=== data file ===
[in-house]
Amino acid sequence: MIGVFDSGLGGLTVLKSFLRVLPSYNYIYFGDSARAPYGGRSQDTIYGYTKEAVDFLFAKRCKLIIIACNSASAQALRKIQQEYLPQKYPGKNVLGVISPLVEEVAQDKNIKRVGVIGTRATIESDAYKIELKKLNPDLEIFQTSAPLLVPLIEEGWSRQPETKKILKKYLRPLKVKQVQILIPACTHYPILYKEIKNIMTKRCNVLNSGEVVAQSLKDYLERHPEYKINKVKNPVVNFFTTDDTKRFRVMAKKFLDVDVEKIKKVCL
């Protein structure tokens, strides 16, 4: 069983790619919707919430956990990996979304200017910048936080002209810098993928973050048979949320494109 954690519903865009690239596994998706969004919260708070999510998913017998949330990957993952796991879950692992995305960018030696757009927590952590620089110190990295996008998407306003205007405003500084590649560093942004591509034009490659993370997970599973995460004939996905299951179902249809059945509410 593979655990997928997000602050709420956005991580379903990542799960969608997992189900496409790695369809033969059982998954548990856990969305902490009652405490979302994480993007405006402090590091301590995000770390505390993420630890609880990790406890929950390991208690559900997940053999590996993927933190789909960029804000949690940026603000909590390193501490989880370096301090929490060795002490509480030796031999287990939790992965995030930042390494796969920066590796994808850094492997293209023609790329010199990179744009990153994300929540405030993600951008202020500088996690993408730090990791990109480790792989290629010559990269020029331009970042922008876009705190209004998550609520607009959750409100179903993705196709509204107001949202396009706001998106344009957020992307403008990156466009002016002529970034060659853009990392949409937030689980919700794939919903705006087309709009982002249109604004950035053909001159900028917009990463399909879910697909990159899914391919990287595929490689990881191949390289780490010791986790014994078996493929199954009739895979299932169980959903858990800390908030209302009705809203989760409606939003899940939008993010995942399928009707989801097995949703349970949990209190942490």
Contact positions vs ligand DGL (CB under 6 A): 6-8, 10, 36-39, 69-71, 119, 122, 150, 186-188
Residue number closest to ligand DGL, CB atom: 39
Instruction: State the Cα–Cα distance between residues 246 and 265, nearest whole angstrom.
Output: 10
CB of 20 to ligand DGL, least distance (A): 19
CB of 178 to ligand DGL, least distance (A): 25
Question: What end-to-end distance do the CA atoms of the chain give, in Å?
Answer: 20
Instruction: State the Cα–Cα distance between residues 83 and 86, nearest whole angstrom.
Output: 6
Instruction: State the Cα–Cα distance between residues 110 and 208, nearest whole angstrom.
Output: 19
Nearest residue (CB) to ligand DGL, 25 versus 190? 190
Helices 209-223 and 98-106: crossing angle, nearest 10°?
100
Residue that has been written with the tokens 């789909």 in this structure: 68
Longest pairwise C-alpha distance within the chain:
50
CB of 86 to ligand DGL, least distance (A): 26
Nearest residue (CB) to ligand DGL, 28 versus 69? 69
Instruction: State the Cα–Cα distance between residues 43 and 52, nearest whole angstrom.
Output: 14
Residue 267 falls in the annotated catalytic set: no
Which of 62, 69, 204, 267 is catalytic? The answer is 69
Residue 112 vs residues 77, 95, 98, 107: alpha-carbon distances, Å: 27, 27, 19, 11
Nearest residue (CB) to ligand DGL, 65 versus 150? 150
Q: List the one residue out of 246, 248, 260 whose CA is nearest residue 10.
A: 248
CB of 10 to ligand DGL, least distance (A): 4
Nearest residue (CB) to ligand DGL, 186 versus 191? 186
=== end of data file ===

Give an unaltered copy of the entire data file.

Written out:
[in-house]
Amino acid sequence: MIGVFDSGLGGLTVLKSFLRVLPSYNYIYFGDSARAPYGGRSQDTIYGYTKEAVDFLFAKRCKLIIIACNSASAQALRKIQQEYLPQKYPGKNVLGVISPLVEEVAQDKNIKRVGVIGTRATIESDAYKIELKKLNPDLEIFQTSAPLLVPLIEEGWSRQPETKKILKKYLRPLKVKQVQILIPACTHYPILYKEIKNIMTKRCNVLNSGEVVAQSLKDYLERHPEYKINKVKNPVVNFFTTDDTKRFRVMAKKFLDVDVEKIKKVCL
């Protein structure tokens, strides 16, 4: 069983790619919707919430956990990996979304200017910048936080002209810098993928973050048979949320494109 954690519903865009690239596994998706969004919260708070999510998913017998949330990957993952796991879950692992995305960018030696757009927590952590620089110190990295996008998407306003205007405003500084590649560093942004591509034009490659993370997970599973995460004939996905299951179902249809059945509410 593979655990997928997000602050709420956005991580379903990542799960969608997992189900496409790695369809033969059982998954548990856990969305902490009652405490979302994480993007405006402090590091301590995000770390505390993420630890609880990790406890929950390991208690559900997940053999590996993927933190789909960029804000949690940026603000909590390193501490989880370096301090929490060795002490509480030796031999287990939790992965995030930042390494796969920066590796994808850094492997293209023609790329010199990179744009990153994300929540405030993600951008202020500088996690993408730090990791990109480790792989290629010559990269020029331009970042922008876009705190209004998550609520607009959750409100179903993705196709509204107001949202396009706001998106344009957020992307403008990156466009002016002529970034060659853009990392949409937030689980919700794939919903705006087309709009982002249109604004950035053909001159900028917009990463399909879910697909990159899914391919990287595929490689990881191949390289780490010791986790014994078996493929199954009739895979299932169980959903858990800390908030209302009705809203989760409606939003899940939008993010995942399928009707989801097995949703349970949990209190942490």
Contact positions vs ligand DGL (CB under 6 A): 6-8, 10, 36-39, 69-71, 119, 122, 150, 186-188
Residue number closest to ligand DGL, CB atom: 39
Instruction: State the Cα–Cα distance between residues 246 and 265, nearest whole angstrom.
Output: 10
CB of 20 to ligand DGL, least distance (A): 19
CB of 178 to ligand DGL, least distance (A): 25
Question: What end-to-end distance do the CA atoms of the chain give, in Å?
Answer: 20
Instruction: State the Cα–Cα distance between residues 83 and 86, nearest whole angstrom.
Output: 6
Instruction: State the Cα–Cα distance between residues 110 and 208, nearest whole angstrom.
Output: 19
Nearest residue (CB) to ligand DGL, 25 versus 190? 190
Helices 209-223 and 98-106: crossing angle, nearest 10°?
100
Residue that has been written with the tokens 């789909």 in this structure: 68
Longest pairwise C-alpha distance within the chain:
50
CB of 86 to ligand DGL, least distance (A): 26
Nearest residue (CB) to ligand DGL, 28 versus 69? 69
Instruction: State the Cα–Cα distance between residues 43 and 52, nearest whole angstrom.
Output: 14
Residue 267 falls in the annotated catalytic set: no
Which of 62, 69, 204, 267 is catalytic? The answer is 69
Residue 112 vs residues 77, 95, 98, 107: alpha-carbon distances, Å: 27, 27, 19, 11
Nearest residue (CB) to ligand DGL, 65 versus 150? 150
Q: List the one residue out of 246, 248, 260 whose CA is nearest residue 10.
A: 248
CB of 10 to ligand DGL, least distance (A): 4
Nearest residue (CB) to ligand DGL, 186 versus 191? 186